Come to the the Coelacanth Gallery to see our holiday decorations. Here’s my favorite so far, a gorgeous C.C. Beck* Captain Marvel “Christmas cover”. The snow, the trees, the giant boot… the color scheme and the lettering … they don’t make ‘em like that any more. Someone out there probably has a copy of this comic and can tell us what’s in it, but I bet whatever its contents, a good copy a pricey collectible indeed. And if yours is a reading copy with some lucky long gone kid’s name on the gift tag, well, I think that’s a good thing.
(*Well, it sure looks like Beck to me, and it’s tagged as Beck on Tumblr. )
A frosting color palette for another double batch of Land O Lakes butter cookies. The blue is the first one I’ve found that really works: one drop of the neon blue. The orange is still a work in progress; this one is one drop of the neon pink and two drops of the standard yellow. Next time I’m back to trying for a decent purple.
This movie presented this reviewer with a tidy ethical dilemma. Regular readers know I saw the first two installments in the interminable Hobbit trilogy in the theater (in 3D) and wrote about them here, so I felt some obligation to complete the sequence. On the other hand, long familiarity with the source material led me to be pretty sure this movie was going to be pretty depressing, and on the evidence of the first two parts, probably not very good either. Is it a violation of some kind of social contract to go to the movies fully expecting not to be entertained? My internal debate led me to conclude it probably was.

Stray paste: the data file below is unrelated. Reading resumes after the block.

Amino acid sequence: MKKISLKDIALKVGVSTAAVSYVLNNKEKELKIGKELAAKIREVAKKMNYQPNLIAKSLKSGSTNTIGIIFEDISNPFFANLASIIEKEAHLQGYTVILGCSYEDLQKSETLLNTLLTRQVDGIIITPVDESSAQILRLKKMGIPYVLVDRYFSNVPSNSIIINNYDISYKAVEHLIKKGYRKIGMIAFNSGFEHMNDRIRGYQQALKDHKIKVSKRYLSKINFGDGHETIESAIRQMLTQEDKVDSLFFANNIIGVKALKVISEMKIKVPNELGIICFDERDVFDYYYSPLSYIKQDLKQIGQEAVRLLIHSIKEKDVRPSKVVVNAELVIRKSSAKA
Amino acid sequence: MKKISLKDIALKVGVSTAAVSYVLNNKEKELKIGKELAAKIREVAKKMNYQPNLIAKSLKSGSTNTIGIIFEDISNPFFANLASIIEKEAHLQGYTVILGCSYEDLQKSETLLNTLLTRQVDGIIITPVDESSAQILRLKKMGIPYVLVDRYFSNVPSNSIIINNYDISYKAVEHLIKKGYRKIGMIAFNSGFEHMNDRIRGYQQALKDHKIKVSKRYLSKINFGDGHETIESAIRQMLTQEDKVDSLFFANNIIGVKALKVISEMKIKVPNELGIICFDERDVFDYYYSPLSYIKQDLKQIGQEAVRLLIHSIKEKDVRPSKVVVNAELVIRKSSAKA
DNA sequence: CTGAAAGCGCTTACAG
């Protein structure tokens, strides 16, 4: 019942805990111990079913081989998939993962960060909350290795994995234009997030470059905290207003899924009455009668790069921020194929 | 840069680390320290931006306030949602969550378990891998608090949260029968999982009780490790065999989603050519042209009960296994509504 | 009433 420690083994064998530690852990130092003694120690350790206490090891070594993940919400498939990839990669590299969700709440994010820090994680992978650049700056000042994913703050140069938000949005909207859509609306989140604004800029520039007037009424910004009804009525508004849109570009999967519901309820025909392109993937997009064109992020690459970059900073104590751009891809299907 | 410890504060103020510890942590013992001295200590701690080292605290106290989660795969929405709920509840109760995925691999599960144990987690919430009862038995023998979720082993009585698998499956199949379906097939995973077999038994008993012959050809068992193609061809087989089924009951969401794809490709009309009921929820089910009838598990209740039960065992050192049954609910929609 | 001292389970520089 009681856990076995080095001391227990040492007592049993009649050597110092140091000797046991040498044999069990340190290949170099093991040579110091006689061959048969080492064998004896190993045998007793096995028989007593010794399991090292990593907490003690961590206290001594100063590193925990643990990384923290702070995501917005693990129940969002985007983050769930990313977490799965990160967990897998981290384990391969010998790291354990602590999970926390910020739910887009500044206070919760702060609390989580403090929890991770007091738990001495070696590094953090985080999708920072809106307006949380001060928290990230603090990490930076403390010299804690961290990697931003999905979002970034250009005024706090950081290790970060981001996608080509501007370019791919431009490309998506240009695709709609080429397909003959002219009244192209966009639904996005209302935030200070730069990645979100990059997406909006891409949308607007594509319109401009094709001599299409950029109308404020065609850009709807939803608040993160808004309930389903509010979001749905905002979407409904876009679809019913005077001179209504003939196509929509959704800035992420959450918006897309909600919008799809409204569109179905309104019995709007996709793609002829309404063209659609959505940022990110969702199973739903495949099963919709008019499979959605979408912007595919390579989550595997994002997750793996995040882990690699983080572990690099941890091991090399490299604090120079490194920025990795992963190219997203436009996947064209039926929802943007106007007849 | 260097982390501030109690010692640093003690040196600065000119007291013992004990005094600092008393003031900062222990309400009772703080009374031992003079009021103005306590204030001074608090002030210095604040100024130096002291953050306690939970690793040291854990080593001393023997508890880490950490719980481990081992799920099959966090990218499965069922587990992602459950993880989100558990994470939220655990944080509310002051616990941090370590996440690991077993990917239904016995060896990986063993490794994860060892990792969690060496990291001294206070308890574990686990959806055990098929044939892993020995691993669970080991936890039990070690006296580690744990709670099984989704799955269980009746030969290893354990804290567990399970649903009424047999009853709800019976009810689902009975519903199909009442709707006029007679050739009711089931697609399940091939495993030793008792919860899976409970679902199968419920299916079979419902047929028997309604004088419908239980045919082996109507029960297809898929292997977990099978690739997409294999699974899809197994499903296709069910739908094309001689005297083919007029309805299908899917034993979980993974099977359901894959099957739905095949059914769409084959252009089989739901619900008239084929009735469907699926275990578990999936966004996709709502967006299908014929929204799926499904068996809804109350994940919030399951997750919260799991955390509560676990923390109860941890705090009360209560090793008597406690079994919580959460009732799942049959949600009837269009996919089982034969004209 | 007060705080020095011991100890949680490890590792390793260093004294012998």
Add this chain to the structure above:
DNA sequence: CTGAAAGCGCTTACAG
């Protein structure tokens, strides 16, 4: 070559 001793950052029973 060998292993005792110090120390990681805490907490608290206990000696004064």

But I went anyway. It was impossible to resist. And I was basically correct: Battle of Five Armies is pretty depressing and not very good. But, like the rest of the series, it is not without interest. As always, the details are behind the cut in case any of you are determined to try it out and don’t want to be spoiled. Continue reading
I’m obsessed with hydrangeas, photographically, at least. Luckily I live in an established neighborhood with lots of old gardens full of an amazing variety of hydrangeas, and since I am on good terms with most of my neighbors I can photograph their plants from spring through late fall. But once December comes and those lovely brown dry flowers blow away in the winter winds, it gets tougher to get my hydrangea picture fix.
Luckily made-up bouquets in grocery store floral departments help take up the slack. I found these blue and white hydrangeas in a Trader Joe’s in the south suburbs of Chicago, and shot them with my phone camera. All images are cropped, some to my favorite squares.